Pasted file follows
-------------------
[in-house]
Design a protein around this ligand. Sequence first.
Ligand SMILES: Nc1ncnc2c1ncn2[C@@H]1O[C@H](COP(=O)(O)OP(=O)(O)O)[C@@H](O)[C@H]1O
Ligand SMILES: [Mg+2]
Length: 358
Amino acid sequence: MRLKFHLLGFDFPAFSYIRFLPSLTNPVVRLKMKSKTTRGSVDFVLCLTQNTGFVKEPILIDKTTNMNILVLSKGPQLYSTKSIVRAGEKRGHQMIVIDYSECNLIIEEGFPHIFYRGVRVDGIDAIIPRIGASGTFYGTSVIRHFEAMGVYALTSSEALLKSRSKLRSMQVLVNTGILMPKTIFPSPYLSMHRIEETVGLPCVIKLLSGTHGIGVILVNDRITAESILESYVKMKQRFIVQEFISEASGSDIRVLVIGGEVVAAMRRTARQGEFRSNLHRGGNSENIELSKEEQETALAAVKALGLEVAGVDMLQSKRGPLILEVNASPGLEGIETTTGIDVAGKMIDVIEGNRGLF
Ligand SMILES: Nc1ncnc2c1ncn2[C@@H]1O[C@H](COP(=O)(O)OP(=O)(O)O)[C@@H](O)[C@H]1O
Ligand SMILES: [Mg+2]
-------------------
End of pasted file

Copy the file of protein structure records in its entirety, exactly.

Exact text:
[in-house]
Design a protein around this ligand. Sequence first.
Ligand SMILES: Nc1ncnc2c1ncn2[C@@H]1O[C@H](COP(=O)(O)OP(=O)(O)O)[C@@H](O)[C@H]1O
Ligand SMILES: [Mg+2]
Length: 358
Amino acid sequence: MRLKFHLLGFDFPAFSYIRFLPSLTNPVVRLKMKSKTTRGSVDFVLCLTQNTGFVKEPILIDKTTNMNILVLSKGPQLYSTKSIVRAGEKRGHQMIVIDYSECNLIIEEGFPHIFYRGVRVDGIDAIIPRIGASGTFYGTSVIRHFEAMGVYALTSSEALLKSRSKLRSMQVLVNTGILMPKTIFPSPYLSMHRIEETVGLPCVIKLLSGTHGIGVILVNDRITAESILESYVKMKQRFIVQEFISEASGSDIRVLVIGGEVVAAMRRTARQGEFRSNLHRGGNSENIELSKEEQETALAAVKALGLEVAGVDMLQSKRGPLILEVNASPGLEGIETTTGIDVAGKMIDVIEGNRGLF
Ligand SMILES: Nc1ncnc2c1ncn2[C@@H]1O[C@H](COP(=O)(O)OP(=O)(O)O)[C@@H](O)[C@H]1O
Ligand SMILES: [Mg+2]